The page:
Kevin James toplines this Ultimate Fighting caper as Scott Volk, a jaded biology teacher who is stirred into cagefighting action when school cutbacks threaten the music program run by his dear old colleague Marty (Henry Winkler). Even losers get a payout, so once he brushes up the wrestling moves he last used 20 years ago, it'll be all gain and virtually no pain, right? Salma Hayek and former UFC champ Bas Rutten are on hand to pick up the pieces in a knockabout comedy that gives the dead-arm to Dead Poets Society.
Like Nicolas Cage, Kate Hudson and his old pal Adam Sandler, Kevin James is a headliner whose every new movie sets the bar of anticipation lower than the last.
Thankfully, this mixed martial arse-about clatters merrily through its low expectations to provide James with his most tolerable outing since Paul Blart: Mall Cop. Which is hardly a ringing endorsement, but let's not get carried away.
James plays Scott, a one-time 'teacher of the year' whose desire to inspire disappeared long ago. But his passion is rekindled when his arch enemy the principal (Greg Germann) announces cutbacks that will see music teacher Marty (Winkler, now less like Fonzie than a Werther's Original version of Woody Allen) out of a job, just when he needs it most.
Needing $48,000 to save the school's musical soul, Scott gets an idea from super-fit Dutchman Nico (Rutten), a former mixed martial arts star who attends his evening citizenship classes.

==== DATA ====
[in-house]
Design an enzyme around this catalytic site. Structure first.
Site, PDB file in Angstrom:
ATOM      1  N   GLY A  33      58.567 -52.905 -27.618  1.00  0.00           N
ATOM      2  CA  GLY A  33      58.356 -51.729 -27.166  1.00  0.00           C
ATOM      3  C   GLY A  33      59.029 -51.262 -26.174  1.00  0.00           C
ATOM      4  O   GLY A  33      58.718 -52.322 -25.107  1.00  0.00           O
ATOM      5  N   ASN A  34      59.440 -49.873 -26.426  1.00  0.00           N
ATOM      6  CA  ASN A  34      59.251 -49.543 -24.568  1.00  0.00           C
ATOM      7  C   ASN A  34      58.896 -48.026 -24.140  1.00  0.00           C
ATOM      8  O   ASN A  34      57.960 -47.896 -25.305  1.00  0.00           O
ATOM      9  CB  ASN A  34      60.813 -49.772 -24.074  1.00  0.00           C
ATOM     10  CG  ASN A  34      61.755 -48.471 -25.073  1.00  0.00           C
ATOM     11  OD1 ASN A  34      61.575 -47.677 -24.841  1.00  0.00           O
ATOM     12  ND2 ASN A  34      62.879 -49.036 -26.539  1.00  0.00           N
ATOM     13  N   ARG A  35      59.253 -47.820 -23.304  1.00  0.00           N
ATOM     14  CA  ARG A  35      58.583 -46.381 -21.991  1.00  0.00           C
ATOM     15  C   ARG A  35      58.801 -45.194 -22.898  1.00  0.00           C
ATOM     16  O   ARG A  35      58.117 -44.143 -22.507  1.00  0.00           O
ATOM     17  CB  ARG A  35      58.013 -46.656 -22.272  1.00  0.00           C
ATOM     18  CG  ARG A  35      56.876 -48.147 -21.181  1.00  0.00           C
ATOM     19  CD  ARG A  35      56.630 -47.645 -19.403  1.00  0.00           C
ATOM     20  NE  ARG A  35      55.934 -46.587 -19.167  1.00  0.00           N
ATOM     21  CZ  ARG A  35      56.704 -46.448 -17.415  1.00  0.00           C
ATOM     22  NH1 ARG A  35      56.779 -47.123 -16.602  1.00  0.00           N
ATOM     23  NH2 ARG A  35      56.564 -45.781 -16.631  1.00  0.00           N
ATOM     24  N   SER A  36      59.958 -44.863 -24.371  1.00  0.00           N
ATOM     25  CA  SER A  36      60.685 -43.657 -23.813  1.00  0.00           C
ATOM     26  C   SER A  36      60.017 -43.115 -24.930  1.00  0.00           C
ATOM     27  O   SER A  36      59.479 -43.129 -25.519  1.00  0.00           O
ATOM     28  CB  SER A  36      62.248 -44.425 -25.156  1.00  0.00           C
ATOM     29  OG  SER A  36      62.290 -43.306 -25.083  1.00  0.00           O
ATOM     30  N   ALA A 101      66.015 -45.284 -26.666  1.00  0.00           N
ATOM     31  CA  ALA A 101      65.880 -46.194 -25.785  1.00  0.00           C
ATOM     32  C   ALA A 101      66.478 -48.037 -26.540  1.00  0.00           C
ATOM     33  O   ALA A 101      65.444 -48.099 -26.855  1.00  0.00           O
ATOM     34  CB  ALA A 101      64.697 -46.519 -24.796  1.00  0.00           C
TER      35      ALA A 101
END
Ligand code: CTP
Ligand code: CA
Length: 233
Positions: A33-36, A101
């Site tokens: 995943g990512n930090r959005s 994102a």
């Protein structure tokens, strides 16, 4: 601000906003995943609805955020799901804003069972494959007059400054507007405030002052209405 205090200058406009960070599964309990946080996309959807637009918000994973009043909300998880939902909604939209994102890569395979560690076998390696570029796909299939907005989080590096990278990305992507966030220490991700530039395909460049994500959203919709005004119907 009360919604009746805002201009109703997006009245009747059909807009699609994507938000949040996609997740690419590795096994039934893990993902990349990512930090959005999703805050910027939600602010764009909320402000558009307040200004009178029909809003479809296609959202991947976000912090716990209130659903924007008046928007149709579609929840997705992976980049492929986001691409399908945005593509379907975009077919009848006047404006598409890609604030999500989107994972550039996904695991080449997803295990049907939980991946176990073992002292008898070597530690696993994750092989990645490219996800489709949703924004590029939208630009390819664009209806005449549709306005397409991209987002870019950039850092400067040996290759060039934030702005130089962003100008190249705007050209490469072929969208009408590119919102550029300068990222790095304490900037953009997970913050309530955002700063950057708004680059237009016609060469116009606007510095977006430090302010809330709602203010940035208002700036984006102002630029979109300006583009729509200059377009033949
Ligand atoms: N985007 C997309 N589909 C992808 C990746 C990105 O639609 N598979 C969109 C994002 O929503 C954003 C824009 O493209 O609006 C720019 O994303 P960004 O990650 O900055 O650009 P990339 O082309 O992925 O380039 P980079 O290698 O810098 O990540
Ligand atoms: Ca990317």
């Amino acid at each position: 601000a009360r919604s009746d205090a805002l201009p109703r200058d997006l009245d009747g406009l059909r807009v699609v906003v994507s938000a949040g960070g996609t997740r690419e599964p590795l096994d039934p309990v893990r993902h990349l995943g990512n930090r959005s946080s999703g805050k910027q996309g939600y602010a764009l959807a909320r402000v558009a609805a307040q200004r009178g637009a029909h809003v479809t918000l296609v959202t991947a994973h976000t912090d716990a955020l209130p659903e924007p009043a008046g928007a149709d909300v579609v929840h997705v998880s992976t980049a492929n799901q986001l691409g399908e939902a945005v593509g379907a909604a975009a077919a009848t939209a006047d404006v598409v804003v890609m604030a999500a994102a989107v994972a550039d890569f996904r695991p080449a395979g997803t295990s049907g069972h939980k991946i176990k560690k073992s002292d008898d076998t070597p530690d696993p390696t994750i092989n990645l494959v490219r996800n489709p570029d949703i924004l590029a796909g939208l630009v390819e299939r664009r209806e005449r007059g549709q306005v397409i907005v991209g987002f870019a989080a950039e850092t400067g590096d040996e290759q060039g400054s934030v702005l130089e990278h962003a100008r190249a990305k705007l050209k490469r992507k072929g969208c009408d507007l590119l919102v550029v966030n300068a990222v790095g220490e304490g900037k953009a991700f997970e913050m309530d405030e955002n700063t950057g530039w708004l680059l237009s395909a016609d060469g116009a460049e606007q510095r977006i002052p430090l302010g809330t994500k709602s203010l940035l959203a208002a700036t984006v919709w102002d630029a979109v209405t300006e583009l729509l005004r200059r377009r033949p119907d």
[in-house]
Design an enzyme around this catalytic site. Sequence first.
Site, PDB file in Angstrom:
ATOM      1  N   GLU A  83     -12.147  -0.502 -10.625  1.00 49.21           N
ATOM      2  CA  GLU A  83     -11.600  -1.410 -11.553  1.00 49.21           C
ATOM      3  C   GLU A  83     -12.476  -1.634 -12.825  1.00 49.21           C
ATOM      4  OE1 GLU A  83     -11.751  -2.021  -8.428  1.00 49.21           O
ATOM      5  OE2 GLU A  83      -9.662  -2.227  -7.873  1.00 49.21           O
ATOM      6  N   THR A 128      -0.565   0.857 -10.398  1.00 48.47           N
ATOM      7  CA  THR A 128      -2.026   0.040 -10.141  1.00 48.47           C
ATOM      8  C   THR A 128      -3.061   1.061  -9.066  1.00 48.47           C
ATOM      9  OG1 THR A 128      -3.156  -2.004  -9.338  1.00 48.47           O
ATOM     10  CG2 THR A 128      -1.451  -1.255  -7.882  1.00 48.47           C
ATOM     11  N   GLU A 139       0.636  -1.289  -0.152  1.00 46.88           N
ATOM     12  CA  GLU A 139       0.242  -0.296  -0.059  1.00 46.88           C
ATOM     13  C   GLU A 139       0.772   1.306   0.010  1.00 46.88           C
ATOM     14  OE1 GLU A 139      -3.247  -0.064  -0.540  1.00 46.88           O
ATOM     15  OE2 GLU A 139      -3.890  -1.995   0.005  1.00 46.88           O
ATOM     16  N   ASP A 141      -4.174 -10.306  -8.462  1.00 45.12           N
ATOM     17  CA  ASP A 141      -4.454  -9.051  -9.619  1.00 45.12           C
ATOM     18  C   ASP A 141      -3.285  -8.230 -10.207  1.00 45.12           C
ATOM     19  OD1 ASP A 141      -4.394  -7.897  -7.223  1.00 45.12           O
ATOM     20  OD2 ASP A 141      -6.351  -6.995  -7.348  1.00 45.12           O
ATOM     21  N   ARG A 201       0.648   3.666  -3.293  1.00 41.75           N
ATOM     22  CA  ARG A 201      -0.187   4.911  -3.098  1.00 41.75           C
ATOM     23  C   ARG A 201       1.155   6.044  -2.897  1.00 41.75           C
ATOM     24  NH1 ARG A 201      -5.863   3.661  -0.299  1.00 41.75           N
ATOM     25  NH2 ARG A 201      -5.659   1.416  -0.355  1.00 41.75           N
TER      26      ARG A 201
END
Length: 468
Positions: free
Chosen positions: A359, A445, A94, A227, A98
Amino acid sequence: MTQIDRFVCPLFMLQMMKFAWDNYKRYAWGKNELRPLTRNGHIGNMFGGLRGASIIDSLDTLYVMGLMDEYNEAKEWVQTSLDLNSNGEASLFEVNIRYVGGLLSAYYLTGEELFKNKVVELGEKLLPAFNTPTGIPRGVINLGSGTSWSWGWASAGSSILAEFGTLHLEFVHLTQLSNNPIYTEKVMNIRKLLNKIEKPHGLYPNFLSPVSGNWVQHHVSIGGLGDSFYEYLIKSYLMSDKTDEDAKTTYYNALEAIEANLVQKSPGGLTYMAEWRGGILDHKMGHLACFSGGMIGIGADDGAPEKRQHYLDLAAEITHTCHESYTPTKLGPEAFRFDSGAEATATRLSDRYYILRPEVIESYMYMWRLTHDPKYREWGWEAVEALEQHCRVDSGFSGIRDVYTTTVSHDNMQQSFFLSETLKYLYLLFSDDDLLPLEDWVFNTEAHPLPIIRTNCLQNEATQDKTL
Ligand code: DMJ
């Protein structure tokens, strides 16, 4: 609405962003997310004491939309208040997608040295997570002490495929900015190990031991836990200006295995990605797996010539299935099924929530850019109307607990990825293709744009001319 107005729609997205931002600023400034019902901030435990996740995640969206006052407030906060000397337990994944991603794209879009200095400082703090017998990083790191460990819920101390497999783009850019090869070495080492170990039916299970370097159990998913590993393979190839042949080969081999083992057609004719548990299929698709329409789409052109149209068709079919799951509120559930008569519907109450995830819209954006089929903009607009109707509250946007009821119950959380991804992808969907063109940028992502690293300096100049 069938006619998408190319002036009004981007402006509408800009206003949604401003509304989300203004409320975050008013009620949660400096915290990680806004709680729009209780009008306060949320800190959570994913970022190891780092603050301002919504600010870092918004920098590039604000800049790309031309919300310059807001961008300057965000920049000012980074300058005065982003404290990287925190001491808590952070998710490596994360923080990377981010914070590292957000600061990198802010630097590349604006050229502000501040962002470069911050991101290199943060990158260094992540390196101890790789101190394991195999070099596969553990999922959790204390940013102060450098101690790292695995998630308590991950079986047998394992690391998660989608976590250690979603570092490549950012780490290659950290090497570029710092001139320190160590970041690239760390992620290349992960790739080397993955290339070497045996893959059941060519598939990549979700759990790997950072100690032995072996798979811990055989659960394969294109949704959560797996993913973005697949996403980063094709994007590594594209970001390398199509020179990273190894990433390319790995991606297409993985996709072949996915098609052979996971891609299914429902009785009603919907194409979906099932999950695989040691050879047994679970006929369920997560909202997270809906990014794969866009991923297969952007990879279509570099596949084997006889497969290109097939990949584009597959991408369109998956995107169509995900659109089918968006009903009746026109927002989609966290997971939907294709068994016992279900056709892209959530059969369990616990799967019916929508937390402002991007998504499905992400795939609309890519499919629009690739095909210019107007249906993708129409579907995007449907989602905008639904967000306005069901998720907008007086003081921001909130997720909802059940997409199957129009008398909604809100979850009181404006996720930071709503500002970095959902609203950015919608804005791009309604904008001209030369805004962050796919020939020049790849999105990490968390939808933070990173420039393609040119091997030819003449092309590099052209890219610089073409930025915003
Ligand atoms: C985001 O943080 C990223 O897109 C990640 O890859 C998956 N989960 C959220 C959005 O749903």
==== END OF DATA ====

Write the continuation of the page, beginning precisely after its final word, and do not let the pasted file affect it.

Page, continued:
If Scott gives Nico extra tuition, Nico can teach him how to survive enough cage bouts to collect the appearance money. And you never know, once he reaches his target, maybe his tantalising colleague Bella (Hayek) will let him get involved in her faculties.
The road couldn't be Rocky-er as Scott somehow manages to get a shot at the big time despite getting smeared all over the canvas by a succession of real-life MMA hard guys.
The title comes from the nu metal anthem by P.O.D. that Scott chooses as his theme tune. While that sets a suitably rowdy tone, the rediscovery of his teaching mojo ensures the kids are all behind him too.
With lots of affirmative messages behind the rough-and-tumble, it's a boisterous combo of beef and cheese.
Unfortunately, the comedy is strictly from the undercard.
James is a likeable presence with a good sense of timing. But as co-writer, he undersells himself with a predictable script that finds little inspiration beyond food fights, puke gags and the lameness of Neil Diamond.
You might smile. You'll probably wince. You may even cheer. Then it will all be over and you'll forget it ever happened. Boom.